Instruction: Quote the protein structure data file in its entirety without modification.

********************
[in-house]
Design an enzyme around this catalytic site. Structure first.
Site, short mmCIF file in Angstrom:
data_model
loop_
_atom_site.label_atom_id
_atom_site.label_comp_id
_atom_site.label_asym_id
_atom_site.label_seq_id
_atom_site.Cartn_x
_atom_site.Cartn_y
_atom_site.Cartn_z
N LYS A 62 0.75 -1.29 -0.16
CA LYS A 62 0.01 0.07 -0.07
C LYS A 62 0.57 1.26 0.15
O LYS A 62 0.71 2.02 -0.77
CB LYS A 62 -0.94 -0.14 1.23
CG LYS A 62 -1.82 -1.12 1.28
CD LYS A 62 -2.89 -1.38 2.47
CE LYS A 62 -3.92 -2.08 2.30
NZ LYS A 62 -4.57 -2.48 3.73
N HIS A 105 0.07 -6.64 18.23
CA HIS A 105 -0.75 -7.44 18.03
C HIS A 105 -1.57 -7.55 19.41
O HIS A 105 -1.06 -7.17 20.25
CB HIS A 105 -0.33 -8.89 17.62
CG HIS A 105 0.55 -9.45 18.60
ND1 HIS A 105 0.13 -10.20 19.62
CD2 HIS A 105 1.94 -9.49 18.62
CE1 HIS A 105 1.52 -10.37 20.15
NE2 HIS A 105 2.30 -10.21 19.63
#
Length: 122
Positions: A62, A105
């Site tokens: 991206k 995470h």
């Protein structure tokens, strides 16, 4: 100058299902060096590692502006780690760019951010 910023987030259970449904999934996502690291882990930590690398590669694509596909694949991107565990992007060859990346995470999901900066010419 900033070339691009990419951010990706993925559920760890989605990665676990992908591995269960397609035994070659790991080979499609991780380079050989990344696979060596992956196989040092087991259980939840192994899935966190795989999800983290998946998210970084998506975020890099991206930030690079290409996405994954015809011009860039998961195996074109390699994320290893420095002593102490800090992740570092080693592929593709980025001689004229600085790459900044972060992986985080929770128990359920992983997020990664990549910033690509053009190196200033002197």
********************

[in-house]
Design an enzyme around this catalytic site. Structure first.
Site, short mmCIF file in Angstrom:
data_model
loop_
_atom_site.label_atom_id
_atom_site.label_comp_id
_atom_site.label_asym_id
_atom_site.label_seq_id
_atom_site.Cartn_x
_atom_site.Cartn_y
_atom_site.Cartn_z
N LYS A 62 0.75 -1.29 -0.16
CA LYS A 62 0.01 0.07 -0.07
C LYS A 62 0.57 1.26 0.15
O LYS A 62 0.71 2.02 -0.77
CB LYS A 62 -0.94 -0.14 1.23
CG LYS A 62 -1.82 -1.12 1.28
CD LYS A 62 -2.89 -1.38 2.47
CE LYS A 62 -3.92 -2.08 2.30
NZ LYS A 62 -4.57 -2.48 3.73
N HIS A 105 0.07 -6.64 18.23
CA HIS A 105 -0.75 -7.44 18.03
C HIS A 105 -1.57 -7.55 19.41
O HIS A 105 -1.06 -7.17 20.25
CB HIS A 105 -0.33 -8.89 17.62
CG HIS A 105 0.55 -9.45 18.60
ND1 HIS A 105 0.13 -10.20 19.62
CD2 HIS A 105 1.94 -9.49 18.62
CE1 HIS A 105 1.52 -10.37 20.15
NE2 HIS A 105 2.30 -10.21 19.63
#
Length: 122
Positions: A62, A105
């Site tokens: 991206k 995470h």
């Protein structure tokens, strides 16, 4: 100058299902060096590692502006780690760019951010 910023987030259970449904999934996502690291882990930590690398590669694509596909694949991107565990992007060859990346995470999901900066010419 900033070339691009990419951010990706993925559920760890989605990665676990992908591995269960397609035994070659790991080979499609991780380079050989990344696979060596992956196989040092087991259980939840192994899935966190795989999800983290998946998210970084998506975020890099991206930030690079290409996405994954015809011009860039998961195996074109390699994320290893420095002593102490800090992740570092080693592929593709980025001689004229600085790459900044972060992986985080929770128990359920992983997020990664990549910033690509053009190196200033002197």